- Ventyx Biosciences on Monday said it will stop testing an experimental inflammatory disease drug in two conditions after results from a mid-stage study fell short of its expectations.
- The drug, dubbed VTX958, actually met the main and secondary goals in a Phase 2 trial testing it for moderate-to-severe plaque psoriasis. But the “magnitude of efficacy” reported was less than what Ventyx had targeted, leading the company to terminate that trial as well as another in psoriatic arthritis.
- VTX958 is a so-called TYK2 inhibitor, one of a class of drugs that have drawn significant interest from drugmakers. Ventyx, along with others in the field, hope to match or surpass Bristol Myers Squibb’s first-to-market therapy, Sotyktu, which the pharmaceutical company forecasts will earn $4 billion in annual sales.
The U.S. approval of Bristol Myers’ TYK2 drug Sotyktu in psoriasis sparked a drug development race that has raised the profile of companies like Ventyx. Developers see these treatments as working well for psoriasis and in other inflammatory conditions like psoriatic arthritis and Crohn’s disease — both indications Bristol Myers is currently studying Sotyku in.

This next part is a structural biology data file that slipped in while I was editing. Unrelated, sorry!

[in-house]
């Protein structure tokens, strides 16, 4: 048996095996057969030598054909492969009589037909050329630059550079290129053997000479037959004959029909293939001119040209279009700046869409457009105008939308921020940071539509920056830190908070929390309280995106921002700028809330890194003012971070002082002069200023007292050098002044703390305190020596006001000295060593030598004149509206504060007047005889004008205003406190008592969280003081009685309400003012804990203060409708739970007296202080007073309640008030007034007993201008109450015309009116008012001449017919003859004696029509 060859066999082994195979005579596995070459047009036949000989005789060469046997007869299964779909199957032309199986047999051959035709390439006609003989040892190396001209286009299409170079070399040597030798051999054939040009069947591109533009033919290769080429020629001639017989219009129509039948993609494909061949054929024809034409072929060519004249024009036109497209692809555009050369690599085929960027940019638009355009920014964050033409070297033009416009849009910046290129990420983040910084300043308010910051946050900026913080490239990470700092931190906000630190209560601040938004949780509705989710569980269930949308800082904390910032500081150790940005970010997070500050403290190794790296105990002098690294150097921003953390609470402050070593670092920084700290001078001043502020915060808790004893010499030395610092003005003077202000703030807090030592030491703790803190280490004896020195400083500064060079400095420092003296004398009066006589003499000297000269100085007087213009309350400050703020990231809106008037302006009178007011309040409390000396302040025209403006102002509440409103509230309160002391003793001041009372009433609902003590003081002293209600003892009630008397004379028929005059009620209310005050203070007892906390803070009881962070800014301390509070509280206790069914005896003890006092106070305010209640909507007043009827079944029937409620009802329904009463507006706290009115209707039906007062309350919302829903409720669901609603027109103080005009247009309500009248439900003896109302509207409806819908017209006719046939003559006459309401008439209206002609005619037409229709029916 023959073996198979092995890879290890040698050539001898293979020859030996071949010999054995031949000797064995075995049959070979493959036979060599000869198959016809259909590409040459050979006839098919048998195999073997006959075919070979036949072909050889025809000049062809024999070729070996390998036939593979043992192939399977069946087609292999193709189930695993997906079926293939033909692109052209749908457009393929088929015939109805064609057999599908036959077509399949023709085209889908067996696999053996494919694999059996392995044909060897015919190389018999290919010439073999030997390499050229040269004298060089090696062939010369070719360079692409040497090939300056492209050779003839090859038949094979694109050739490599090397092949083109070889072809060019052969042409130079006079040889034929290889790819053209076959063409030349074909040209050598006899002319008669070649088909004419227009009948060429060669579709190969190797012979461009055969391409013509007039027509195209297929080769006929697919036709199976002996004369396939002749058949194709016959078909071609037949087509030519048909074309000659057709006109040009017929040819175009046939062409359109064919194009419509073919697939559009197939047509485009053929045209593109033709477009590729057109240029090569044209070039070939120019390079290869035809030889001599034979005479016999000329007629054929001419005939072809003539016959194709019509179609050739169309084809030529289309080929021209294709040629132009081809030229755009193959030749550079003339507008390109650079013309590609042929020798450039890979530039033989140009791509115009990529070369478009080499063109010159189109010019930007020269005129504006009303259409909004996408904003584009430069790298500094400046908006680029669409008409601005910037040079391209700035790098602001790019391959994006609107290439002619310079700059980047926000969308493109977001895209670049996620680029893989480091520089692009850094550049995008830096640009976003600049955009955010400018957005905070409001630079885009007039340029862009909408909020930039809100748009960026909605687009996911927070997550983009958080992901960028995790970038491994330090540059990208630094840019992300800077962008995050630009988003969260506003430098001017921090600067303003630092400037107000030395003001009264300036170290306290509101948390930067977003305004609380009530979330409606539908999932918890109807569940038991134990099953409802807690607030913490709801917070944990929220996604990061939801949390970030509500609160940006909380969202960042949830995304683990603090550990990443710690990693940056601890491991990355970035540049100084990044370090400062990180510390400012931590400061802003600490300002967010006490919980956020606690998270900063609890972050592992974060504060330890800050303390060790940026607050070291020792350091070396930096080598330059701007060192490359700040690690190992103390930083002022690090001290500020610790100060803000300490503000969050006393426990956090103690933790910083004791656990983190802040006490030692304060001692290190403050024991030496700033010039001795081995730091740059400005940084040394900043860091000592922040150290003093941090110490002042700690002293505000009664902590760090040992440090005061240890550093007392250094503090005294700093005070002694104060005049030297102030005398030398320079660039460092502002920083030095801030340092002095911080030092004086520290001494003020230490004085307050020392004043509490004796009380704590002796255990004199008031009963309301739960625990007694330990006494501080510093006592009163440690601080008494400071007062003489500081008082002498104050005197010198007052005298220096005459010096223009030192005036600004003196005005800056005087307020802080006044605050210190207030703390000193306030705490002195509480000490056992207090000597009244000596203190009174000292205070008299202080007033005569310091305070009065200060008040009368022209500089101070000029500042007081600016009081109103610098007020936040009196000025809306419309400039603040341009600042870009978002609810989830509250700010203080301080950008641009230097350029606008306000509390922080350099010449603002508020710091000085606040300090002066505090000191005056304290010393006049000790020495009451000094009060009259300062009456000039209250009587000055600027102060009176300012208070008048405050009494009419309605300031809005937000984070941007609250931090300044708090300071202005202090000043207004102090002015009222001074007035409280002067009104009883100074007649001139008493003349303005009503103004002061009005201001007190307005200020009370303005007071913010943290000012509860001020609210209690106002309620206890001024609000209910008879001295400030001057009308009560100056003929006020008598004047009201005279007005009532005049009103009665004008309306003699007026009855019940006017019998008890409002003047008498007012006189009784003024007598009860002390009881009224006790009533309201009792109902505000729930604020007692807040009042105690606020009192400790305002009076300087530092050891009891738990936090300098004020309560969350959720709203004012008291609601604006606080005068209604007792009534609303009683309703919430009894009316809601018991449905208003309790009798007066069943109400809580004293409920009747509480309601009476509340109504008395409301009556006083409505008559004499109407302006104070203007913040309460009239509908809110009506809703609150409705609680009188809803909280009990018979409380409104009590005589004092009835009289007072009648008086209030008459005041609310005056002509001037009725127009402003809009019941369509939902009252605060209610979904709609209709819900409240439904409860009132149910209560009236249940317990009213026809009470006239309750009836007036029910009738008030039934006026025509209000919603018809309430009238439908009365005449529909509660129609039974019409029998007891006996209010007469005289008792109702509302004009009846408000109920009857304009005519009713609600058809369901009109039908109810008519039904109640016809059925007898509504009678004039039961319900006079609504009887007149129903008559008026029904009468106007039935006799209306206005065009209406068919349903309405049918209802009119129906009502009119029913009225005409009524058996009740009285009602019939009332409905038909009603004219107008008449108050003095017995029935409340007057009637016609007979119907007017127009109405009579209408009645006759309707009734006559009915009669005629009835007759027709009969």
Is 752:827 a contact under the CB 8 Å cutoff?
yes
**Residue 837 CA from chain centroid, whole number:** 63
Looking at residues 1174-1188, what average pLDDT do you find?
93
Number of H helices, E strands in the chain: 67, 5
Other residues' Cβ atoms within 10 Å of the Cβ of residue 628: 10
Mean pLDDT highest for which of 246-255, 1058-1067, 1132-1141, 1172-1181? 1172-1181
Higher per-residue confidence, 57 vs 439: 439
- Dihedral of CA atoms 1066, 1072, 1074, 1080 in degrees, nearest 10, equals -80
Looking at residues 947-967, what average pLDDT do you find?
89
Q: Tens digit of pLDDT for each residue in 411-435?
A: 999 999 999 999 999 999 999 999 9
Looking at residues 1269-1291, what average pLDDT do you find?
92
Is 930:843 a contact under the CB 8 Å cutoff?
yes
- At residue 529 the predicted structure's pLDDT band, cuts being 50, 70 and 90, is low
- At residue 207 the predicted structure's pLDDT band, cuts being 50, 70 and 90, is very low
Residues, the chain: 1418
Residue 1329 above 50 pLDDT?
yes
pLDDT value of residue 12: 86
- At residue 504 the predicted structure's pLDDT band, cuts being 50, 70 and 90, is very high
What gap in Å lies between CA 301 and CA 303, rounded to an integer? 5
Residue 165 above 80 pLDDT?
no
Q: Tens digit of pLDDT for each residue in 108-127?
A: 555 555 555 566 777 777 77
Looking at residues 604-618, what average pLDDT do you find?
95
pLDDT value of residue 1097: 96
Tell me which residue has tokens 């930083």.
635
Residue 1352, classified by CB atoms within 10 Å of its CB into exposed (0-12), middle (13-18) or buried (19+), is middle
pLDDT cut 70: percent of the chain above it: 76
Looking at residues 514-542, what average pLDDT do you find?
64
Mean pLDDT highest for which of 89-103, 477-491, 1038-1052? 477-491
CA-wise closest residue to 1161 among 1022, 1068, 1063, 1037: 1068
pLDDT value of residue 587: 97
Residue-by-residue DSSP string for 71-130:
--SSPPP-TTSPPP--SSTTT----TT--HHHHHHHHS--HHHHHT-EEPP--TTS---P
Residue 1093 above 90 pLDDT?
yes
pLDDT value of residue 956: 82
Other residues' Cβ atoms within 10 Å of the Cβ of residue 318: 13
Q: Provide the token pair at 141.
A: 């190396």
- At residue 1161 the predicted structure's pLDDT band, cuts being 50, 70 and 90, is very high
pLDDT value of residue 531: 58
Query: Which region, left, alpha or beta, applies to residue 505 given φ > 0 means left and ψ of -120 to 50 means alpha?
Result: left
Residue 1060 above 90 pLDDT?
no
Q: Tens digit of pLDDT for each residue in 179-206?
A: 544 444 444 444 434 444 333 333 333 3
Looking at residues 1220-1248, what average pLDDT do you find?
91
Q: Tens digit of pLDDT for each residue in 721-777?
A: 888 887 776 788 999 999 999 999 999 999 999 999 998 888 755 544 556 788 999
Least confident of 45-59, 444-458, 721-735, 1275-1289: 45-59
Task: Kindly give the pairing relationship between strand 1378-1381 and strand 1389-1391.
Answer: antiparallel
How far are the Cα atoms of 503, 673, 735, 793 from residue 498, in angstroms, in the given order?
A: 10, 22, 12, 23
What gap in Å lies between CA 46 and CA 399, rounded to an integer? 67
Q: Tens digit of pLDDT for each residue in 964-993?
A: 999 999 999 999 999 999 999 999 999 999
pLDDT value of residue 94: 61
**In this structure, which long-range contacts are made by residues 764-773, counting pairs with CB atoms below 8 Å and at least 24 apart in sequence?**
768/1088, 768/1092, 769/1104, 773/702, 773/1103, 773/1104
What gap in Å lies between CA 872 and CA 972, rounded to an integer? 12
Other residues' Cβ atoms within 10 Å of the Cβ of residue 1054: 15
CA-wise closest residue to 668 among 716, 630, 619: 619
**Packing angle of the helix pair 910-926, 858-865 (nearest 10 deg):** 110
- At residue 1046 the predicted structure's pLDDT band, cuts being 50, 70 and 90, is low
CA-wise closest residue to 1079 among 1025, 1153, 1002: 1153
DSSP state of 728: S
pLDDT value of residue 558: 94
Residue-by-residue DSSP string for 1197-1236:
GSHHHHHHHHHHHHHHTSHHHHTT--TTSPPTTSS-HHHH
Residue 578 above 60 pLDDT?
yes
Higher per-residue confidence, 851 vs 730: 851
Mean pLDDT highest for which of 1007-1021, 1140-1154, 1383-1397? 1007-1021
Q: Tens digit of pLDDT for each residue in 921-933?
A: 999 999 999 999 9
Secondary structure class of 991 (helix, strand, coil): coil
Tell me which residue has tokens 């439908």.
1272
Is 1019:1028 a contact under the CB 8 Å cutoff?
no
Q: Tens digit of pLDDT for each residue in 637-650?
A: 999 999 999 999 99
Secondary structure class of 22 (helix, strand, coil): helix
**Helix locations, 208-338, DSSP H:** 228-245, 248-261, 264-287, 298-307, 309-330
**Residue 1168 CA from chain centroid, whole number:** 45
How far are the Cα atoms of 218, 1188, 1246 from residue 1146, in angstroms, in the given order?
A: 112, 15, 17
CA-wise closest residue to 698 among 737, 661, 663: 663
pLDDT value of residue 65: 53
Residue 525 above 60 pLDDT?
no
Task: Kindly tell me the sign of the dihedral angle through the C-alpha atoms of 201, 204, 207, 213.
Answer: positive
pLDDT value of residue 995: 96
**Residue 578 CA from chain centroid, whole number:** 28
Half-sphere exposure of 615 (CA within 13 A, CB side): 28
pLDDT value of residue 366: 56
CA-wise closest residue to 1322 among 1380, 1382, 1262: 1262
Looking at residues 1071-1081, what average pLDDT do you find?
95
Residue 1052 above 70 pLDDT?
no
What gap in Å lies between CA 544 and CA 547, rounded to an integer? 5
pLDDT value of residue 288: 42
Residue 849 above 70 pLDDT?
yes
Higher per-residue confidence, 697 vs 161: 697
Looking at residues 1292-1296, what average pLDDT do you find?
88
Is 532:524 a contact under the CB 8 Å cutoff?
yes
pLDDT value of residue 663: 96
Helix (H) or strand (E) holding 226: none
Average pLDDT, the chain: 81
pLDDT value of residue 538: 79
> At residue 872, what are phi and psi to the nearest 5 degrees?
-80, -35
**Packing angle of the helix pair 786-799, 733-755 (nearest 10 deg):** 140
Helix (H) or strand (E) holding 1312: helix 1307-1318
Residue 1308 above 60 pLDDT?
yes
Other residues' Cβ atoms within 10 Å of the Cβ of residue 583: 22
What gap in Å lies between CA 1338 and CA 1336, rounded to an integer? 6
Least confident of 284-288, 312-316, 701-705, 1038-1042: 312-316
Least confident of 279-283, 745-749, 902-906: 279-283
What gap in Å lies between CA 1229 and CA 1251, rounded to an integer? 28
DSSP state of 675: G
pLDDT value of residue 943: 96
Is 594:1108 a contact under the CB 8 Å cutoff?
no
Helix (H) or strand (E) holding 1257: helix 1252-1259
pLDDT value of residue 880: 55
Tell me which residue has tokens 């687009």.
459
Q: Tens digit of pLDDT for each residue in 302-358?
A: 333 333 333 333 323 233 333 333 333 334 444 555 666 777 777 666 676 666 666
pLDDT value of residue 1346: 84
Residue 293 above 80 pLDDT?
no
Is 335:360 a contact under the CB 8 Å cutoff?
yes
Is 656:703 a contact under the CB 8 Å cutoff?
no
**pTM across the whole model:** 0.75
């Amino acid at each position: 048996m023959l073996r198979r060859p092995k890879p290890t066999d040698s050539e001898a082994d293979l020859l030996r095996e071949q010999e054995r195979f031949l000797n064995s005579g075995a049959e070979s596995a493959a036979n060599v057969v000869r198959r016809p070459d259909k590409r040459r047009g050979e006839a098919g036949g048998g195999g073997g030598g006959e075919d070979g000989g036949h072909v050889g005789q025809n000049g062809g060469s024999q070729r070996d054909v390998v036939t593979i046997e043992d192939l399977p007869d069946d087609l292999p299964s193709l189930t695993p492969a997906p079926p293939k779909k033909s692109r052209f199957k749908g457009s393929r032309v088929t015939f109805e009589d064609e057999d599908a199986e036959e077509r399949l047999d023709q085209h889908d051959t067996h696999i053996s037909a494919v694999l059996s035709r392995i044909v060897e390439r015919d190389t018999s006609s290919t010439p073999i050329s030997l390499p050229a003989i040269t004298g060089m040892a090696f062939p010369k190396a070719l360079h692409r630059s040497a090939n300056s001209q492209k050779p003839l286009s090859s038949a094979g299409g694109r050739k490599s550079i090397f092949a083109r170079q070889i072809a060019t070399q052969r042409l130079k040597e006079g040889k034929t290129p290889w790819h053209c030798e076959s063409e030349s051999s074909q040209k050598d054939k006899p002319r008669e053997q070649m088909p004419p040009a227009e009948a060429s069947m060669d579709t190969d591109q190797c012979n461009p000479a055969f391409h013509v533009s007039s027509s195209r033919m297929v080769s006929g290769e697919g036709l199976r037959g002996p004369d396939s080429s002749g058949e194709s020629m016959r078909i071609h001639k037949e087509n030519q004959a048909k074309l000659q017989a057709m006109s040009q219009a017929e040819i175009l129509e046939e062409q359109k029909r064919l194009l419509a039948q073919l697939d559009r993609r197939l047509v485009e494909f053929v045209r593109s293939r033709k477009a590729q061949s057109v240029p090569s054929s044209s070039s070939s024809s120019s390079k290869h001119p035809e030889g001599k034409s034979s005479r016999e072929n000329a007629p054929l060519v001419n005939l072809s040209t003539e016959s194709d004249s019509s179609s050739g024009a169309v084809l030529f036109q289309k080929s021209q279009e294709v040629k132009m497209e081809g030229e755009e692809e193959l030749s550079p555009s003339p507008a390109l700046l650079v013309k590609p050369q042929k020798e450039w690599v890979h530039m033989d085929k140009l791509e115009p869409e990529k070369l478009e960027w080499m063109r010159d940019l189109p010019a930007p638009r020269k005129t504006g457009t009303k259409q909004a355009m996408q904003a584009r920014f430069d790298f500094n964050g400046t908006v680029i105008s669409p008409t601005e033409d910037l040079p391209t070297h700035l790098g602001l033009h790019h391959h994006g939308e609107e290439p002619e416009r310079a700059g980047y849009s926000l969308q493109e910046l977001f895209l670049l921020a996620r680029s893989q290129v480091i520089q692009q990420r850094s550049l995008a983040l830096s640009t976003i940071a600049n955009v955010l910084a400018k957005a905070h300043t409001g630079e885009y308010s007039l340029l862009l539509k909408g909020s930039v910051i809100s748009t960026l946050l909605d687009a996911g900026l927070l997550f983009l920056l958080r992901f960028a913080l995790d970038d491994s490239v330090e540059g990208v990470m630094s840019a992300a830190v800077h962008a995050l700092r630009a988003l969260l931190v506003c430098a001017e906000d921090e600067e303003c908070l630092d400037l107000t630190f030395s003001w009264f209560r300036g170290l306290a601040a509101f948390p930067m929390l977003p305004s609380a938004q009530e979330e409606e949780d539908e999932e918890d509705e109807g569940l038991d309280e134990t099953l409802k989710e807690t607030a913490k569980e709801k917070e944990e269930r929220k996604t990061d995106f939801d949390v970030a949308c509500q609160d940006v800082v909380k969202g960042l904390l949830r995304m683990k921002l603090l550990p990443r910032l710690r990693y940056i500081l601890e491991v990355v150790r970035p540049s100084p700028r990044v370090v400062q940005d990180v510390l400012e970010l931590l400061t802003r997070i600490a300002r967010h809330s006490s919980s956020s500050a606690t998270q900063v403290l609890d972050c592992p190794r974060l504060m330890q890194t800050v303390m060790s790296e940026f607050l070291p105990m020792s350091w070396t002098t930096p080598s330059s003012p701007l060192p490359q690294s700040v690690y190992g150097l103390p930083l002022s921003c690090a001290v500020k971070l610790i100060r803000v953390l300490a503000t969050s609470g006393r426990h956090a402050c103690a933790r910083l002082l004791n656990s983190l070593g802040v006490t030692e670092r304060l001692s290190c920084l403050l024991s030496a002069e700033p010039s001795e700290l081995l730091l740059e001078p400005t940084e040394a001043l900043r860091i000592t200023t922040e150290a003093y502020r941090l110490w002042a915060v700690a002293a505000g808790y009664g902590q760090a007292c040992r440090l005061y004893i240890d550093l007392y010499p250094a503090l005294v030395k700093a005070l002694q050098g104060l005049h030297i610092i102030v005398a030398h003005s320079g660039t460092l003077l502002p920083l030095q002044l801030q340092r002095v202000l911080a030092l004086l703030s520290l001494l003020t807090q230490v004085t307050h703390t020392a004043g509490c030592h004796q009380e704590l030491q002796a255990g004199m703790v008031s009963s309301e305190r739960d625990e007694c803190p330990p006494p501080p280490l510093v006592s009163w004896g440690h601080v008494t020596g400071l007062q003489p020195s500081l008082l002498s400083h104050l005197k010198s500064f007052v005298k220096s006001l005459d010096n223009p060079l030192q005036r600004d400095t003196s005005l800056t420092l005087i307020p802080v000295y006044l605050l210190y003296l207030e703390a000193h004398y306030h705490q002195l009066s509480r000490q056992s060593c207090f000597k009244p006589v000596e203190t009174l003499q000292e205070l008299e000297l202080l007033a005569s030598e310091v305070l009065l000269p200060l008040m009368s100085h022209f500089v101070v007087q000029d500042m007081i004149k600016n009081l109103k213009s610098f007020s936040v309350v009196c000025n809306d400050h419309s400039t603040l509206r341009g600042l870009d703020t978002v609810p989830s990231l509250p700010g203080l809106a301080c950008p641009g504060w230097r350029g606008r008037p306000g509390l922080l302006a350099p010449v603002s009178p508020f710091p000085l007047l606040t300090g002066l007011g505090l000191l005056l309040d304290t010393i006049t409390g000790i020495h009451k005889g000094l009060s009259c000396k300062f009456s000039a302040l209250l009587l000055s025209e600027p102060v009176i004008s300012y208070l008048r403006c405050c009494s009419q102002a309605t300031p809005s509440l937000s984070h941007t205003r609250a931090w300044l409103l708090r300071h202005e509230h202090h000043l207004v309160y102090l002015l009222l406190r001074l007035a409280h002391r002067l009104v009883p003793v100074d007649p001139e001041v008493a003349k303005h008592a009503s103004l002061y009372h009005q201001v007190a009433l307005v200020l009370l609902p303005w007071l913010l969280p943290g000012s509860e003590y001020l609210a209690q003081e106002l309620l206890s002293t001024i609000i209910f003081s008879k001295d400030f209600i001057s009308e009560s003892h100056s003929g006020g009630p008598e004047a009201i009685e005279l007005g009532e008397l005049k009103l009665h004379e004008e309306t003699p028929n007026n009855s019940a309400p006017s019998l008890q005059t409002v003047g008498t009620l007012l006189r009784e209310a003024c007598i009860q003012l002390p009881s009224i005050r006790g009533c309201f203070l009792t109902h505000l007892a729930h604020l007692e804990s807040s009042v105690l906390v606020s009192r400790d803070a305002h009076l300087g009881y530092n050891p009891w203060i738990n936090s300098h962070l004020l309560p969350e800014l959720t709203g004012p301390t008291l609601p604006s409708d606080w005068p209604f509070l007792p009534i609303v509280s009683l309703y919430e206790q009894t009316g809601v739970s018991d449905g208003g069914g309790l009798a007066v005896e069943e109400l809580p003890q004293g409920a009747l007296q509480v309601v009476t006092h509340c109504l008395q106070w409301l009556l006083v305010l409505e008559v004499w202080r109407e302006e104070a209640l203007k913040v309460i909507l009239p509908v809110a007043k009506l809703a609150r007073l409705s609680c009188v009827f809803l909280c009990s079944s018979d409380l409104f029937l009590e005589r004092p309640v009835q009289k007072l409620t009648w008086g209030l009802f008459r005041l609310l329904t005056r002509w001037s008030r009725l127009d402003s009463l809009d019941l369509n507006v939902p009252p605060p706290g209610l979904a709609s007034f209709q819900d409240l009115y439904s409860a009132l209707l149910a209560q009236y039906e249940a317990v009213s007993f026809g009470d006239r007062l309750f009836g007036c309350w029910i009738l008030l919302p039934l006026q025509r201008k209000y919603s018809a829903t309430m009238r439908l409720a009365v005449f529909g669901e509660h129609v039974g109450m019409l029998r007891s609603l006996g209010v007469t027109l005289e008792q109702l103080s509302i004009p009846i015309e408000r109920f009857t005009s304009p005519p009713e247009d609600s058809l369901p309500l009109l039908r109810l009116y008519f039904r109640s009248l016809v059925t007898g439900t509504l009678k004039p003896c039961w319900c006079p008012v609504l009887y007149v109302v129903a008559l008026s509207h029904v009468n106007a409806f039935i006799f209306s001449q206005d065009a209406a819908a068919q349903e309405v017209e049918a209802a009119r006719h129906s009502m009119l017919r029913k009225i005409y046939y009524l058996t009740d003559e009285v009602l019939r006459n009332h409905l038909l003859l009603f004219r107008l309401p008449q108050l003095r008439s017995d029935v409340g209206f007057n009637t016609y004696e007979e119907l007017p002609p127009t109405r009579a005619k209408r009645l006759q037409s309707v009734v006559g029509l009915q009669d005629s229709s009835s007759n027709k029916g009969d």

TYK2 is part of a family of proteins known as Janus kinases, or JAKs, which help control the body’s immune regulation. Several JAK inhibitors are approved, but have safety concerns that TYK2 blockers might sidestep. As pills, meanwhile, TYK2 drugs could be more convenient alternatives to injectable drugs like AbbVie’s Humira or Amgen’s Enbrel.
With Monday’s results, Ventyx now appears to be out of the TYK2 race in two indications. The company will continue testing VTX958 in Crohn’s disease, for which it will conduct an interim efficacy analysis early next year.
“While the Phase 2 trial of VTX958 in plaque psoriasis met the primary and key secondary endpoints, we are disappointed by the magnitude of efficacy observed, despite having achieved target levels of drug exposure in the trial,” said Ventyx CEO Raju Mohan, in a statement.
Shares in Ventyx fell by 80% in Tuesday morning trading, erasing hundreds of millions of dollars in market value.
Other drugmakers developing TYK2 inhibitors include Takeda, Priovant Therapeutics and Alumis. On Wednesday, Takeda released new mid-stage study data for its TYK2 drug in psoriatic arthritis, building on results earlier this year in psoriasis. Priovant is developing its drug, brepocitinib, in dermatomyositis and lupus.